Is it difficult for the cast of a play like The Christmas Carol to keep things fresh when most of the audience will likely have seen it before?
Well if you go on stage and do Hamlet you're telling a familiar story. I don't think there's any problem with that. I would just like to think that it's a great delight for the kids who may have heard about A Christmas Carol but never gotten the story before. I think it must be a great delight.

It's funny, I can still remember reading it for the first time. It wasn't that early, I was in the 7th grade when I first read it. It just knocked me out of my socks. It's wonderful.

It's one of the few stories that can be done in so many different ways - drama, comedy, musical, etc.

I like what Michael (Unger) has done because the blend of comedy and drama is really good. Some of it should make them cry, I hope; and a great deal of it should make them laugh. It's wonderful to do a piece like that where it isn't just drama or just comedy.

You've done a lot of work on stage, television and film. What is it like to be a character actor when you happen to stumble across a role like that of Bentley on The Jeffersons which lives on forever. Did you find people casting you towards that type of role or were cast opposite that of a Bentley?
No, unfortunately in this business if you do something that seems to work everybody follows. It's like when I first started acting on stage they found out I was good at comedy and then that's all they wanted to cast me in. And that's been true most of my career, I have to fight to get anything that's dramatic.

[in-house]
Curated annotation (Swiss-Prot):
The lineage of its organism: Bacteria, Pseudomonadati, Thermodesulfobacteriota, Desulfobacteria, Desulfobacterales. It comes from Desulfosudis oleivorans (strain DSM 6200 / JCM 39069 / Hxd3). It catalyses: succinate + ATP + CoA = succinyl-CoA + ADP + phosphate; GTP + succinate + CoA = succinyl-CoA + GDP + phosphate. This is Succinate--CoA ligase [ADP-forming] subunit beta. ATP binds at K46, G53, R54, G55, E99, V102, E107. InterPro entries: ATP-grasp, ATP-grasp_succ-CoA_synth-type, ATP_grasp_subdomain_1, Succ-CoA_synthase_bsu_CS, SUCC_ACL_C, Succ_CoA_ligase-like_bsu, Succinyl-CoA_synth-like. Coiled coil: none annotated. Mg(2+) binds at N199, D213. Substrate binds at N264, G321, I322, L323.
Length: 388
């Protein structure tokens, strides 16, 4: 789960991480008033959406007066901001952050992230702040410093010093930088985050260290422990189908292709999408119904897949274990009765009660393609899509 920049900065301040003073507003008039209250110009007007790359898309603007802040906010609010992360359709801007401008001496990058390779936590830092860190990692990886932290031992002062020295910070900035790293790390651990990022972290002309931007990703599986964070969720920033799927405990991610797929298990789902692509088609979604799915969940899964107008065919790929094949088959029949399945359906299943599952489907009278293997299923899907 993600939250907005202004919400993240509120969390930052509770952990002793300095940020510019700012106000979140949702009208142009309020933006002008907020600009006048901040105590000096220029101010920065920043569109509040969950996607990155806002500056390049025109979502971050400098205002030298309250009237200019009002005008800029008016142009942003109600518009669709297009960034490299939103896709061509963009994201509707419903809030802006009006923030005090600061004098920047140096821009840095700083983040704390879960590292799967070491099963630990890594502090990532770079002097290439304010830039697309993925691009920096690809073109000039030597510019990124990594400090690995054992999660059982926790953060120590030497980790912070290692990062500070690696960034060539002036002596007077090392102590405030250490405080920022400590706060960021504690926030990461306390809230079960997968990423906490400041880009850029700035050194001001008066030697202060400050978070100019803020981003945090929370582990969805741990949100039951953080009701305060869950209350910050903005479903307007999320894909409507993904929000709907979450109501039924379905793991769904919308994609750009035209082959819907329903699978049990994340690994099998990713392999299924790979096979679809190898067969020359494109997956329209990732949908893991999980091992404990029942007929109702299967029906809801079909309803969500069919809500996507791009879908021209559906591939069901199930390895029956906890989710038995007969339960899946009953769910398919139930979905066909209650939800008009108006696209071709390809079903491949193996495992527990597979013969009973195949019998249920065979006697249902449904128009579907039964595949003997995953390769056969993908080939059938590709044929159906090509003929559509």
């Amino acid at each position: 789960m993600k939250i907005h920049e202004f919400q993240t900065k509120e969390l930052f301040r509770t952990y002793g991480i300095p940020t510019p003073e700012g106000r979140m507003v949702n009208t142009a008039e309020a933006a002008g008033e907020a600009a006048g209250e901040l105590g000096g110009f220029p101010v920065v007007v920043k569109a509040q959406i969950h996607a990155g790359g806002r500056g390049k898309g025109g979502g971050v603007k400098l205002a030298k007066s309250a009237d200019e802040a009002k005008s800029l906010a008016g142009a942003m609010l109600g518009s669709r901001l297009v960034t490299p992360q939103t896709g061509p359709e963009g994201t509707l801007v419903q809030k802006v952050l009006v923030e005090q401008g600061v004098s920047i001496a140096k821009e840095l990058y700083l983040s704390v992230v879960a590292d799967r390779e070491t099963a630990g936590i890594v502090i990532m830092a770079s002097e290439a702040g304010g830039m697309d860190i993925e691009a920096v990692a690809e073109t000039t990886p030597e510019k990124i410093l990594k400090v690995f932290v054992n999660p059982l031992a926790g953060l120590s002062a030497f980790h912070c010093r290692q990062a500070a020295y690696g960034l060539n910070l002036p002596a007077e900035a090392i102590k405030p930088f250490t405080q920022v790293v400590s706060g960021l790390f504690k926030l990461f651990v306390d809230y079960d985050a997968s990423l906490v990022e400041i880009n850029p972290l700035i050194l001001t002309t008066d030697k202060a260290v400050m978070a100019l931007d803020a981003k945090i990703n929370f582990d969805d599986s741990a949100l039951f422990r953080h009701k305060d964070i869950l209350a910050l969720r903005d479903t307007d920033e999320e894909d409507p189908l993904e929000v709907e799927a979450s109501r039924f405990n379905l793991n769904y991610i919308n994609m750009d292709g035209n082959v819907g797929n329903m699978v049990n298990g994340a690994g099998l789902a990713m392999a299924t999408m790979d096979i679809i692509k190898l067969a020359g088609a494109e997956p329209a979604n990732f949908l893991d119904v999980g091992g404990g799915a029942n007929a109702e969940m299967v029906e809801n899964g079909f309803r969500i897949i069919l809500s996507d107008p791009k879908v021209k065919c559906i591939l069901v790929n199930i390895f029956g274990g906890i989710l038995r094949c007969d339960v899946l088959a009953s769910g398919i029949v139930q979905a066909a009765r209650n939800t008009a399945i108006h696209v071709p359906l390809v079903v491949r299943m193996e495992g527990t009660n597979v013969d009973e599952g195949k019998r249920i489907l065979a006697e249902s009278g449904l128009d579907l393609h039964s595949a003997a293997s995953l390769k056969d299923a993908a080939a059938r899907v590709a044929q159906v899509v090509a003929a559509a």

Well I thought you being cast for Scrooge was brilliant.
Well, God knows I'm old enough! Thank you for saying that, but what's right about it is my age and by cooincidence my life. It's terribly appealing to me. Any actor would love to play this role.

I don't know if you've heard about this or how much you use the Internet, but you'd be amazed at how many clips people have posted on Youtube of you from your days on Sesame Street as the Number Painter.
Somebody has been telling me about that and the director brought in a little thing and showed me a couple of them. I'd forgotten what they even looked like it was so long ago. We shot them in 1969 and they started showing them in 1970 - that's a long time ago.